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Effects of warming, grazing/cutting and nitrogen fertilization on greenhouse gas fluxes during growing seasons in an alpine meadow on the Tibetan Plateau

Zhu, Xiaoxue, Luo, Caiyun, Wang, Shiping, Zhang, Zhenhua, Cui, Shujuan, Bao, Xiaoying, Jiang, Lili, Li, Yaoming, Li, Xine, Wang, Qi, Zhou, Yang
Agricultural and forest meteorology 2015 v.214-215 pp. 506-514
adverse effects, alpine meadows, carbon dioxide, cutting, dry season, ecosystem respiration, ecosystems, fertilizer analysis, fertilizer application, grazing, greenhouse gas emissions, greenhouse gases, growing season, methane, nitrogen, nitrogen fertilizers, nitrous oxide, primary productivity, soil temperature, soil water, China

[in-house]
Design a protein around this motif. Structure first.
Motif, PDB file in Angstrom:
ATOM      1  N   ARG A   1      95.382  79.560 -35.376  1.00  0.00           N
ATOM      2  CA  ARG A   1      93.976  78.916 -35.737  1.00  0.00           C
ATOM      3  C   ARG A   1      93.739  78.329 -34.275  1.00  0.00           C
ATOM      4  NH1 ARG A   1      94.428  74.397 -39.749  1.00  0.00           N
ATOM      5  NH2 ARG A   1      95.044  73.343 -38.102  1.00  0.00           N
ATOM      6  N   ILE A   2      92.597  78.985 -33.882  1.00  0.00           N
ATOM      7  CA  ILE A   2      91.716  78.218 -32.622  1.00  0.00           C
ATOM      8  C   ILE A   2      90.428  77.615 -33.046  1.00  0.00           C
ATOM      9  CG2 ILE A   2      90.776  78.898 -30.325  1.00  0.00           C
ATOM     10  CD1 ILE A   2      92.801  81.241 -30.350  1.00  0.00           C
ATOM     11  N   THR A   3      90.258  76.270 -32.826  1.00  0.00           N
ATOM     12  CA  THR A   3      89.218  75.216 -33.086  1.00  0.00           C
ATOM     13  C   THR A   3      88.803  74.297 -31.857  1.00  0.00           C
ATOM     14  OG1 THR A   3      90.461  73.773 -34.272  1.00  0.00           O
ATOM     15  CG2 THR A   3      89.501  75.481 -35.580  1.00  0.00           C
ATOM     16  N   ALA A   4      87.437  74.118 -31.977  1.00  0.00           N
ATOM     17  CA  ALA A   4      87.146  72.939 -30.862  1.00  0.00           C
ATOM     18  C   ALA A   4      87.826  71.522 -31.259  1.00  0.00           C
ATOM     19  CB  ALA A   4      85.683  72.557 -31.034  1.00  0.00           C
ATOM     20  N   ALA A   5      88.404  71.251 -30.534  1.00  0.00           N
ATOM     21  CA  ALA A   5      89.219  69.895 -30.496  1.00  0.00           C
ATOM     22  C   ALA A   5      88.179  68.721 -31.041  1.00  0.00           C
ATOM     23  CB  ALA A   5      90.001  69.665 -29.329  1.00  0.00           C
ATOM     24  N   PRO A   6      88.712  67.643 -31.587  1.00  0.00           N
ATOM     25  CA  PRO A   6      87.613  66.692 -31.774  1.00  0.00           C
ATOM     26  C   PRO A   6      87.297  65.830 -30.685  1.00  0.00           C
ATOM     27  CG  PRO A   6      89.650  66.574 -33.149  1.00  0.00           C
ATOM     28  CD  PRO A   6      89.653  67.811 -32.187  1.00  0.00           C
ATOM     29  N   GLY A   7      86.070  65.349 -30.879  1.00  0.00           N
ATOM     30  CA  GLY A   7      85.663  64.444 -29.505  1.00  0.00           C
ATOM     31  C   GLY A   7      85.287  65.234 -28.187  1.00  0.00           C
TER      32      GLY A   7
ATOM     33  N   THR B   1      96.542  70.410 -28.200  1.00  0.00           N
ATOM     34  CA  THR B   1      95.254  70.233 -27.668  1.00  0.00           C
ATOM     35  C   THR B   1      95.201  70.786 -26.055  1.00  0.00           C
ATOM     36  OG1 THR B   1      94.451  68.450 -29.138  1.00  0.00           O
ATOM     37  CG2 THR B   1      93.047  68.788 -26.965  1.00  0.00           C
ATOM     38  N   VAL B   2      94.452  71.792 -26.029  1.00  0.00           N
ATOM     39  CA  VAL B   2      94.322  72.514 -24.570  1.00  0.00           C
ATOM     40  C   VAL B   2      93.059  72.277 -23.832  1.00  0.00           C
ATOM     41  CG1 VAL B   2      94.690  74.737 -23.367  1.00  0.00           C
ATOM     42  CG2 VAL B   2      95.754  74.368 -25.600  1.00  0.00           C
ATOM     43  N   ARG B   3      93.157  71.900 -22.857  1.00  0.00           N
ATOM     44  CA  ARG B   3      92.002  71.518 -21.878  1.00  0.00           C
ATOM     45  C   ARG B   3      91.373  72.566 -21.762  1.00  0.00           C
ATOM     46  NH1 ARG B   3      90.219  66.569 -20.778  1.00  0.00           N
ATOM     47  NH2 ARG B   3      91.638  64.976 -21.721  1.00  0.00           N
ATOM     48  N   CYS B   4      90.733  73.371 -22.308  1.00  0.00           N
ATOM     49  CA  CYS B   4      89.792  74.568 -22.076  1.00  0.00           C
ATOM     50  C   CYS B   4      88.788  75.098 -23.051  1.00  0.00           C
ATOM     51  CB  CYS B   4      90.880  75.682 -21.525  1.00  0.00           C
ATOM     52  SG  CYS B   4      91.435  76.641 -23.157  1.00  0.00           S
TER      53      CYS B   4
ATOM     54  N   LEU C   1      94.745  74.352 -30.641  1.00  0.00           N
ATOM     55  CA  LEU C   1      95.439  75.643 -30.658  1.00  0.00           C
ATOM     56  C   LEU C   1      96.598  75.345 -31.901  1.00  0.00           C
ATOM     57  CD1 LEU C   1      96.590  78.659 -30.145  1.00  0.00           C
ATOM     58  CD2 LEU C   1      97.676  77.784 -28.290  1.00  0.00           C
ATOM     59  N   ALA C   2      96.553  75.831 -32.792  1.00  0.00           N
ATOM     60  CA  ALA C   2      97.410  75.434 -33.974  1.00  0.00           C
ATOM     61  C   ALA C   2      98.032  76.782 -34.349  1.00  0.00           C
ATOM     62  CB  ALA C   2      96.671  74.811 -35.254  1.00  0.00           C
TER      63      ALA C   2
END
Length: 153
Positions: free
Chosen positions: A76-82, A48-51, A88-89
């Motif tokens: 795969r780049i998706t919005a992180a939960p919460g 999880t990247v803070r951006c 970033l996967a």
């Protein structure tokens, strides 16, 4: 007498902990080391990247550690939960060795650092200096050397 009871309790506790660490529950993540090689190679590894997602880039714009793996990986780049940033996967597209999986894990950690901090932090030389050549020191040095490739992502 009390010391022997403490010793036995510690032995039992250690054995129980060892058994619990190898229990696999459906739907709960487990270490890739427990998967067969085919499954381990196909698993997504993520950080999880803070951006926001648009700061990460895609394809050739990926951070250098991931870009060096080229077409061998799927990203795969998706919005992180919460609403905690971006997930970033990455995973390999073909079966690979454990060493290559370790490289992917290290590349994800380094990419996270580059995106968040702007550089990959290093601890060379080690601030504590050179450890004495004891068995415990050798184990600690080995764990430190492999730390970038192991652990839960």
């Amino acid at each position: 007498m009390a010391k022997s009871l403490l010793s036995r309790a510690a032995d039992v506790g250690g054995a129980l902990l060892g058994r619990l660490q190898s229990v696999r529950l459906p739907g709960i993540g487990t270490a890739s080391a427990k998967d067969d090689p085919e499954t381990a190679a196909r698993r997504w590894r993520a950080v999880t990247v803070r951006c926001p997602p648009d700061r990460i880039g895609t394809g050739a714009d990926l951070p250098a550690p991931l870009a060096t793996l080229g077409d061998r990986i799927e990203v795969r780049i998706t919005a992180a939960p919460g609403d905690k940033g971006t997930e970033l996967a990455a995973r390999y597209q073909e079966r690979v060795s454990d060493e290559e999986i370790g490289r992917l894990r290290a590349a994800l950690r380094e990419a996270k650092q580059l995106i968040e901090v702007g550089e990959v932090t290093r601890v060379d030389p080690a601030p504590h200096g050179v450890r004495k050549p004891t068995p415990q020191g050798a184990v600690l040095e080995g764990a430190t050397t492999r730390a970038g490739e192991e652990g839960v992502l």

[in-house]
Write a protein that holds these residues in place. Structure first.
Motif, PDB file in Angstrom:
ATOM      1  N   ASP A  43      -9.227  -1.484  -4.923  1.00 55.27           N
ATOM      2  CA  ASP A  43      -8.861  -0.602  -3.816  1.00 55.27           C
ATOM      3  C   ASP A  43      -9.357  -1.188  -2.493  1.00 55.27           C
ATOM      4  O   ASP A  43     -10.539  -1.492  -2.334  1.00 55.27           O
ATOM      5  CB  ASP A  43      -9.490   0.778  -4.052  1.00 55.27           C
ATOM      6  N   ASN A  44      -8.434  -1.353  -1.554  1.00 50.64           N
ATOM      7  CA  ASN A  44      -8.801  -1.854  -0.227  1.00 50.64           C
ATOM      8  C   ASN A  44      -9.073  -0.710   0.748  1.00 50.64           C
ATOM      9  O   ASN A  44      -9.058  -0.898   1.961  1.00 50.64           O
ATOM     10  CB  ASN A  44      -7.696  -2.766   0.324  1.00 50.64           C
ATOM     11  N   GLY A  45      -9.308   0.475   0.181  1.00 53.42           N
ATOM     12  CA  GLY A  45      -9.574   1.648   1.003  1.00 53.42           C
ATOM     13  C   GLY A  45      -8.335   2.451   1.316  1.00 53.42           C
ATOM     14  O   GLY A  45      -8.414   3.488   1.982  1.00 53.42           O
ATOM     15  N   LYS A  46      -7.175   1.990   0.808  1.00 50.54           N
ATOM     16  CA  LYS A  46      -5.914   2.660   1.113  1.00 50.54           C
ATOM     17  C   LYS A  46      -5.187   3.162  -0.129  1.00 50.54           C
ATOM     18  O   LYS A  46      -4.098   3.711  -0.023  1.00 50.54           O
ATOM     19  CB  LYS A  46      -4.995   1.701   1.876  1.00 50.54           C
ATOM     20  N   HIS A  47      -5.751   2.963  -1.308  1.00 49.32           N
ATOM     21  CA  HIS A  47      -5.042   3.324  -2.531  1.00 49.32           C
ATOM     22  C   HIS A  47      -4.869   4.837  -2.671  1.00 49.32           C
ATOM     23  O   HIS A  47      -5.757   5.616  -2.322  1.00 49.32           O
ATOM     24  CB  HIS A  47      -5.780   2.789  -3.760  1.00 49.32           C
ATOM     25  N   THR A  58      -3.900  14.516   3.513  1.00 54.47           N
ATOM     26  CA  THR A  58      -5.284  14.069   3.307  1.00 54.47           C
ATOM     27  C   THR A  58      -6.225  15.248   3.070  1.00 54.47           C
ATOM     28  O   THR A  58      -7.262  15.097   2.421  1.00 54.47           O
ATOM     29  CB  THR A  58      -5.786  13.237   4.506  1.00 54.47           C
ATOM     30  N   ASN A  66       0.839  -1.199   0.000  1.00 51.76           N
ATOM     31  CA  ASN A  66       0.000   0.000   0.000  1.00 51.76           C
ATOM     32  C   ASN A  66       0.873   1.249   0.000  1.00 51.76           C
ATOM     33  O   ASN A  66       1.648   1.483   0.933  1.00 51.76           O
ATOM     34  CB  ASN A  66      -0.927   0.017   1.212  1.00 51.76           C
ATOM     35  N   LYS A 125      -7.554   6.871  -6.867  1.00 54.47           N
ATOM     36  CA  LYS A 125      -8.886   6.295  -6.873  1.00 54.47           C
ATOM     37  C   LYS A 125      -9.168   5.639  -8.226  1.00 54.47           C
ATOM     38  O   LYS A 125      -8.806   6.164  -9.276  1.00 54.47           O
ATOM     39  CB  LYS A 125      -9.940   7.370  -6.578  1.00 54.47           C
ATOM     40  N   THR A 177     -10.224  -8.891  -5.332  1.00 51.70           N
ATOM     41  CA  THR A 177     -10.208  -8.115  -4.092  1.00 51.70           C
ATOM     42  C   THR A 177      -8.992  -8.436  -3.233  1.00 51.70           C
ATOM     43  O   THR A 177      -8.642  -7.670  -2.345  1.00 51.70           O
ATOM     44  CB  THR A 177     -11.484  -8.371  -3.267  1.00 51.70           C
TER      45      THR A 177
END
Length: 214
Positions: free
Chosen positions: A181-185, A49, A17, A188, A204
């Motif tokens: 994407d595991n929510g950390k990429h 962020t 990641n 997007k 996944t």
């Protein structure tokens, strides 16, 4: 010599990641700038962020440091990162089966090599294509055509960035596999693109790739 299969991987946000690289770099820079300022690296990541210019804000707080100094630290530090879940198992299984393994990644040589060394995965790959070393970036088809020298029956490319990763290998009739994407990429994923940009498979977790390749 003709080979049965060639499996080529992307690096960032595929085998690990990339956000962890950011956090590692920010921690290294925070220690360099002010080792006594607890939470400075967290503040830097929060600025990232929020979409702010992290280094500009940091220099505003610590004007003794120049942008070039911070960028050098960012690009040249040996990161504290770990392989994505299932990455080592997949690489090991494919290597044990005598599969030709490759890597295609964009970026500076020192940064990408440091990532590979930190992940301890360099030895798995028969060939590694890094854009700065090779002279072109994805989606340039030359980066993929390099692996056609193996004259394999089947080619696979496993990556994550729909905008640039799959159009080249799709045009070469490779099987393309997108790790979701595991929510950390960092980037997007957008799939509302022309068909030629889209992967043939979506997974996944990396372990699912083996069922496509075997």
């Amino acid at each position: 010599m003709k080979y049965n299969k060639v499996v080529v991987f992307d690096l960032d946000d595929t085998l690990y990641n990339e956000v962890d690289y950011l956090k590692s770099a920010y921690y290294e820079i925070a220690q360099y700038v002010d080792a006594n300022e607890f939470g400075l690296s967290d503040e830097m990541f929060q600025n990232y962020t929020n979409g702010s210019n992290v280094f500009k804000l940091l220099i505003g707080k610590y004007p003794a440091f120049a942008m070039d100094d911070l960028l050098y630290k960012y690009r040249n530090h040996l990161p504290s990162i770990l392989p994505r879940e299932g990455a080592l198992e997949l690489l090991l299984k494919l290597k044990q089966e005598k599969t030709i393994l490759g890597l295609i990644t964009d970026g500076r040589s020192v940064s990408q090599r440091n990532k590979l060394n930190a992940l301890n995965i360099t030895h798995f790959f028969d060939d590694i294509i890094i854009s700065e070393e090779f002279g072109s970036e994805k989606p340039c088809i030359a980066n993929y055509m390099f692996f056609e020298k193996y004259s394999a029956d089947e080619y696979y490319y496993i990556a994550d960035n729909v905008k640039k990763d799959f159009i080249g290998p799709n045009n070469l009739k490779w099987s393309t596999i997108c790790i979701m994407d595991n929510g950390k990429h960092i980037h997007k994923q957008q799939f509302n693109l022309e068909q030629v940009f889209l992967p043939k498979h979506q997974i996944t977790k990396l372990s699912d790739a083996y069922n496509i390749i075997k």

Increased nitrogen (N) deposition within the context of both warming and grazing is relevant to understand the response of greenhouse gases fluxes (GHG) (i.e. CO2, CH4 and N2O fluxes) for alpine meadow ecosystems to projected changes in the environment. A previous controlled warming and grazing experiment only included no warming with no grazing (NWNG), no warming with grazing (NWG), warming with no grazing (WNG) and warming with grazing (WG) from 2006 to 2010. N fertilization was added to the experimental setup to determine the effects of warming, grazing and N fertilization on GHG fluxes in an alpine meadow on the Tibetan Plateau during the growing seasons from 2010 to 2012. Sheep grazing was utilized during the growing season from 2006 to 2010 and cutting was used as simulation of grazing during the non-growing seasons in 2011 and 2012. Warming significantly increased average seasonal CO2 emission by 10%, and nitrogen addition increased average seasonal CH4 uptake by 14% during the growing seasons in the dry years of 2011 and 2012. Warming increased average seasonal CH4 uptake by 32–46% over the 3-year period, and grazing increased annual average N2O emission by 62% only in 2010. N fertilization alone did not significantly affect CO2 and N2O fluxes during the experimental period. The interactive effects of warming, grazing/cutting and N fertilization effect on daily CH4 or daily N2O flux depended on sampling date. Ecosystem CO2 emission was mainly affected by soil temperature and plant aboveground net primary production (ANPP), which explained about 55% and 18% of its variation. Soil moisture and ANPP could explain 17% and 8% of the variation of CH4 uptake in the region. Our results suggest that the stimulating effect of warming on ecosystem respiration still occurs in 2011 and 2012 after warming for seven years. Moreover, our results imply that moderate grazing/cutting may be preferred compared with no grazing or no cutting because its negative effect on GHG fluxes was small, and interactive effect of warming, grazing/cutting and increased N deposition on GHG emission could be neglected in the alpine meadow.